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Senate Democrats Outline Demands for Medicare Conference Committee

On the first real day of work following the July Fourth recess, Senate Democrats delineated their position on the upcoming, high-stakes Medicare prescription drug bill conference.

Twenty-nine Democrats, including Minority Leader Tom Daschle (S.D.), signed off on a letter to President Bush, penned by Sen. Edward Kennedy (Mass.), outlining their demands.

“We will strongly oppose a final bill that would do more harm than good to seniors, beneficiaries with disabilities, and to Medicare itself,” Kennedy wrote Tuesday.

Mainly, they want a Medicare fallback option for all key proposals.

“We will oppose a conference report that forces seniors to choose between giving up their doctor or facing higher premiums to stay in the current Medicare program,” the letter states.

The Senate appointed conferees Monday, but the House has yet to name its team to the committee, which will hash out the differences between the competing bills passed just before Congress broke.

While the Senate-passed version would allow private companies to administer the drug benefit program, the Senators want a back-up Medicare plan too.

Finally, they warned against including controversial provisions contained in the House bill.

“In particular, we oppose as unwise policy the addition of health savings accounts to the bill,” Kennedy wrote. “If $174 billion in additional resources are available, those funds should be used to close the gaps in the Medicare prescription drug benefit.”

While the House vote was a squeaker, the Senate’s version passed with a comfortable 76-21 margin. Nonetheless, Daschle warned Republicans not to be fooled by that spread.

“Don’t be deceived by the overwhelming margin here,” he told reporters. “We have some very significant concerns about the prospects of reducing the commitment to seniors and providing the kind of meaningful benefits that we all have proposed in this legislation.”

“It’s critical that that commitment be maintained,” he added.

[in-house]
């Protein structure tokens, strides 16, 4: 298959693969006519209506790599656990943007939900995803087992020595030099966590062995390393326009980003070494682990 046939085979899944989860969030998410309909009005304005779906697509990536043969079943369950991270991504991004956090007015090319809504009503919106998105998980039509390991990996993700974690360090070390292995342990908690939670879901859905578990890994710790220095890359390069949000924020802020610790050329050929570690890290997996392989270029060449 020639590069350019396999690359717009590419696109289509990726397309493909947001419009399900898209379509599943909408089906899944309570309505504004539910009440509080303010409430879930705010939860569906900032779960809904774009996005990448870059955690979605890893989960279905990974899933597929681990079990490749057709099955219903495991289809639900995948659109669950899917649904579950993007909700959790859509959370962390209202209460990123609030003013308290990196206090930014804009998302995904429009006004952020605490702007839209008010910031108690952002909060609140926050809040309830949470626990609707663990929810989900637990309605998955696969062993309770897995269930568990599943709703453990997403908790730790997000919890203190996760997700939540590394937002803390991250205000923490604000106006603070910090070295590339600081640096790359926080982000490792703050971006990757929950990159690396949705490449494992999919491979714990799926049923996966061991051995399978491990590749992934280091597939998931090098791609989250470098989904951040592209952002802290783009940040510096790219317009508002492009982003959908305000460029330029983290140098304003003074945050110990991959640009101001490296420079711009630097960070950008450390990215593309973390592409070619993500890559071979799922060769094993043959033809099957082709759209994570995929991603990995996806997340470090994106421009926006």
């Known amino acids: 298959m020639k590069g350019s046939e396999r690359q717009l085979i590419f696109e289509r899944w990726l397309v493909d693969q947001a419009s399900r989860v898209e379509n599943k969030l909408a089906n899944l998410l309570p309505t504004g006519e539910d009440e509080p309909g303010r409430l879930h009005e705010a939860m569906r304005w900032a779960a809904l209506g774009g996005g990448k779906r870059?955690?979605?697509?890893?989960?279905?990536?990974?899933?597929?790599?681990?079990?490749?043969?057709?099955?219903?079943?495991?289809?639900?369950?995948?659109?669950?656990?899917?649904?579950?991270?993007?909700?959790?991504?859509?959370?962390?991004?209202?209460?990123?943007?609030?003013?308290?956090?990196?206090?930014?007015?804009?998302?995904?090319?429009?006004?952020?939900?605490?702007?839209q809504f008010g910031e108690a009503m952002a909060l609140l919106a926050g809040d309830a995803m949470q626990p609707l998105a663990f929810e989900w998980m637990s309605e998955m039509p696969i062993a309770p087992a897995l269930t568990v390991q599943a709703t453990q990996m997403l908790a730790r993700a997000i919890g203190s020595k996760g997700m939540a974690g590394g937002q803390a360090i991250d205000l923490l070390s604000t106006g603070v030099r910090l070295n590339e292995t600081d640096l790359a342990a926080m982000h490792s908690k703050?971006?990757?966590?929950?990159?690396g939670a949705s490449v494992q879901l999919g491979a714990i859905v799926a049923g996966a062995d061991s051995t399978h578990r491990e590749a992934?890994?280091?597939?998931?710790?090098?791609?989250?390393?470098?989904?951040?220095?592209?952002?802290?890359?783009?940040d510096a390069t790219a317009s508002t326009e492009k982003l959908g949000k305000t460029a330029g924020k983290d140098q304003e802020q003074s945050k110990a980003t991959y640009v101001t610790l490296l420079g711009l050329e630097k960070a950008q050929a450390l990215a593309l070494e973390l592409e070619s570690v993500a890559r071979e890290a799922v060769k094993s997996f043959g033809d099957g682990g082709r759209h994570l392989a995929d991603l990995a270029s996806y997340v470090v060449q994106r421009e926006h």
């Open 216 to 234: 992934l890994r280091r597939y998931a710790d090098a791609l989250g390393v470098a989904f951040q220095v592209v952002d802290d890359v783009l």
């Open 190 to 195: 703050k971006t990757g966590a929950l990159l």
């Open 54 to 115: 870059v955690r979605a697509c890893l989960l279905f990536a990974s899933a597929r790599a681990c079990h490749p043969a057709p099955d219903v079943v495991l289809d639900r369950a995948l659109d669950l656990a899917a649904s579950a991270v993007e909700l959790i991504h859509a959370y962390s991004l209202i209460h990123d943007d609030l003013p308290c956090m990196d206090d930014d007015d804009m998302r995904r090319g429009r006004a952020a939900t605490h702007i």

In response to the letter, Nick Smith, a spokesman for Senate Majority Leader Bill Frist (R-Tenn.) would only say: “Going into conference, Senator Frist indicated there will be a number of issues that we’ll be discussing.”

As for how quickly a bill may be ready for the president’s signature, Smith said Frist hopes the conference committee will wrap up its work in a “reasonable amount of time.”

The Kennedy letter sets Senate Democrats up for a face-off with some of the most conservative Republican Members of the House, who wrote Speaker Dennis Hastert (R-Ill.) a letter June 24 saying theywill not back a bill that doesn’t overhaul the basic Medicare program.

The final product “must include comprehensive structural reforms that prepare Medicare for the next generation of beneficiaries,” 44 GOP House Members wrote.

If no such provision is included, “we cannot — as a matter of public policy — support a bill to add a prescription drug benefit to Medicare,” stated the group, which included Reps. Sam Johnson (Texas), Pat Toomey (Pa.) and Jennifer Dunn (Wash.).

Senate Finance Chairman Chuck Grassley (R-Iowa) implored conferees to work together.

“I hope the conference can produce a bipartisan product,” he said Tuesday. “Drawing lines in the sand doesn’t foster cooperation and bipartisanship.

“Success will be measured not by what lines do and don’t get crossed, but by the bill’s ability to deliver a comprehensive, affordable drug benefit that’s long overdue,” he concluded.

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